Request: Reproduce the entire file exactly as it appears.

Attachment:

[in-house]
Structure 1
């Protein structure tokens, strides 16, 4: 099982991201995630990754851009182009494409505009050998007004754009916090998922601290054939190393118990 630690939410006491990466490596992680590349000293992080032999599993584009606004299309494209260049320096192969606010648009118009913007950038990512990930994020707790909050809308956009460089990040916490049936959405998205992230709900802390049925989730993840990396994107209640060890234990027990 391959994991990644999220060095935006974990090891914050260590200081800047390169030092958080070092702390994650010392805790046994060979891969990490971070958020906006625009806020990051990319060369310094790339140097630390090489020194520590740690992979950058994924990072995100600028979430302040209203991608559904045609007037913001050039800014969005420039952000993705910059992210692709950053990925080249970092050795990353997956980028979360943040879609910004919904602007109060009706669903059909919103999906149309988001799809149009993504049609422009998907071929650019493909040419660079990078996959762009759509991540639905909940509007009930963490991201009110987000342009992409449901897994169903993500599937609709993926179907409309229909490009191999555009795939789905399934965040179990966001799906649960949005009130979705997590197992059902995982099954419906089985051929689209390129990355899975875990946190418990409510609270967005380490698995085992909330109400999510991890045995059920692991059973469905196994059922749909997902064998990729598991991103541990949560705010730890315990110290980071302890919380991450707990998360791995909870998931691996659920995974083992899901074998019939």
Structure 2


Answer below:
[in-house]
Structure 1
């Protein structure tokens, strides 16, 4: 099982991201995630990754851009182009494409505009050998007004754009916090998922601290054939190393118990 630690939410006491990466490596992680590349000293992080032999599993584009606004299309494209260049320096192969606010648009118009913007950038990512990930994020707790909050809308956009460089990040916490049936959405998205992230709900802390049925989730993840990396994107209640060890234990027990 391959994991990644999220060095935006974990090891914050260590200081800047390169030092958080070092702390994650010392805790046994060979891969990490971070958020906006625009806020990051990319060369310094790339140097630390090489020194520590740690992979950058994924990072995100600028979430302040209203991608559904045609007037913001050039800014969005420039952000993705910059992210692709950053990925080249970092050795990353997956980028979360943040879609910004919904602007109060009706669903059909919103999906149309988001799809149009993504049609422009998907071929650019493909040419660079990078996959762009759509991540639905909940509007009930963490991201009110987000342009992409449901897994169903993500599937609709993926179907409309229909490009191999555009795939789905399934965040179990966001799906649960949005009130979705997590197992059902995982099954419906089985051929689209390129990355899975875990946190418990409510609270967005380490698995085992909330109400999510991890045995059920692991059973469905196994059922749909997902064998990729598991991103541990949560705010730890315990110290980071302890919380991450707990998360791995909870998931691996659920995974083992899901074998019939």
Structure 2